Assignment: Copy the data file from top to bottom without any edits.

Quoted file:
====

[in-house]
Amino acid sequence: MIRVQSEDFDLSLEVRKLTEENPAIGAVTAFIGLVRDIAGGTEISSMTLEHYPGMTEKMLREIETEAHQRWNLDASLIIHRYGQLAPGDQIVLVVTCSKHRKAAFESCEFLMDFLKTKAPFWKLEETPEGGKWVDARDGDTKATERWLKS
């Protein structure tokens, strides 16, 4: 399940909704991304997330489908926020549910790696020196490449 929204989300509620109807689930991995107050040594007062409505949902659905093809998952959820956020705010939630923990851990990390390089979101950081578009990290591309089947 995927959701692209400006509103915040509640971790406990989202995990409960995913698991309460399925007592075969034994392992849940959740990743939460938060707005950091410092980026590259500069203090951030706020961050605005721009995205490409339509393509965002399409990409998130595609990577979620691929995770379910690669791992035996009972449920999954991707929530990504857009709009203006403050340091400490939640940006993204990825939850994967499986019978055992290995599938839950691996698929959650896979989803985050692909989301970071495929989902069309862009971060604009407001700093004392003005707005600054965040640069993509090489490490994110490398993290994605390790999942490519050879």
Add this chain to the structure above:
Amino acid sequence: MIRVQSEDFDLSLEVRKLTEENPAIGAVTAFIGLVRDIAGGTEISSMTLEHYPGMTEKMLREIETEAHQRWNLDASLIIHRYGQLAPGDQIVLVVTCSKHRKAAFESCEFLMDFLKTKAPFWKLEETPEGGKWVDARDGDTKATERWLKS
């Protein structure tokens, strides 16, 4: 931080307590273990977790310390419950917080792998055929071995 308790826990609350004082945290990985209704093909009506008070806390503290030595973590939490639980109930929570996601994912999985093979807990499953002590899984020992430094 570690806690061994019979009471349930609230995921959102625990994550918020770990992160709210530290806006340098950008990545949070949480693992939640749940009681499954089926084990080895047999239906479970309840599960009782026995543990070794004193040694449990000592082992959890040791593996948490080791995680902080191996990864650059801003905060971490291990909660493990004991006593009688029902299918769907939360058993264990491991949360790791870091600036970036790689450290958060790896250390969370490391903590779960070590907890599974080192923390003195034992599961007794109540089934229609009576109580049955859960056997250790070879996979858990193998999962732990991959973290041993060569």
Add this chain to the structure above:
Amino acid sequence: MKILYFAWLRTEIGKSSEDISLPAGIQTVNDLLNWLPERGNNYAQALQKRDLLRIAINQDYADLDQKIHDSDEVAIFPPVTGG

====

[in-house]
Amino acid sequence: MIRVQSEDFDLSLEVRKLTEENPAIGAVTAFIGLVRDIAGGTEISSMTLEHYPGMTEKMLREIETEAHQRWNLDASLIIHRYGQLAPGDQIVLVVTCSKHRKAAFESCEFLMDFLKTKAPFWKLEETPEGGKWVDARDGDTKATERWLKS
């Protein structure tokens, strides 16, 4: 399940909704991304997330489908926020549910790696020196490449 929204989300509620109807689930991995107050040594007062409505949902659905093809998952959820956020705010939630923990851990990390390089979101950081578009990290591309089947 995927959701692209400006509103915040509640971790406990989202995990409960995913698991309460399925007592075969034994392992849940959740990743939460938060707005950091410092980026590259500069203090951030706020961050605005721009995205490409339509393509965002399409990409998130595609990577979620691929995770379910690669791992035996009972449920999954991707929530990504857009709009203006403050340091400490939640940006993204990825939850994967499986019978055992290995599938839950691996698929959650896979989803985050692909989301970071495929989902069309862009971060604009407001700093004392003005707005600054965040640069993509090489490490994110490398993290994605390790999942490519050879």
Add this chain to the structure above:
Amino acid sequence: MIRVQSEDFDLSLEVRKLTEENPAIGAVTAFIGLVRDIAGGTEISSMTLEHYPGMTEKMLREIETEAHQRWNLDASLIIHRYGQLAPGDQIVLVVTCSKHRKAAFESCEFLMDFLKTKAPFWKLEETPEGGKWVDARDGDTKATERWLKS
């Protein structure tokens, strides 16, 4: 931080307590273990977790310390419950917080792998055929071995 308790826990609350004082945290990985209704093909009506008070806390503290030595973590939490639980109930929570996601994912999985093979807990499953002590899984020992430094 570690806690061994019979009471349930609230995921959102625990994550918020770990992160709210530290806006340098950008990545949070949480693992939640749940009681499954089926084990080895047999239906479970309840599960009782026995543990070794004193040694449990000592082992959890040791593996948490080791995680902080191996990864650059801003905060971490291990909660493990004991006593009688029902299918769907939360058993264990491991949360790791870091600036970036790689450290958060790896250390969370490391903590779960070590907890599974080192923390003195034992599961007794109540089934229609009576109580049955859960056997250790070879996979858990193998999962732990991959973290041993060569």
Add this chain to the structure above:
Amino acid sequence: MKILYFAWLRTEIGKSSEDISLPAGIQTVNDLLNWLPERGNNYAQALQKRDLLRIAINQDYADLDQKIHDSDEVAIFPPVTGG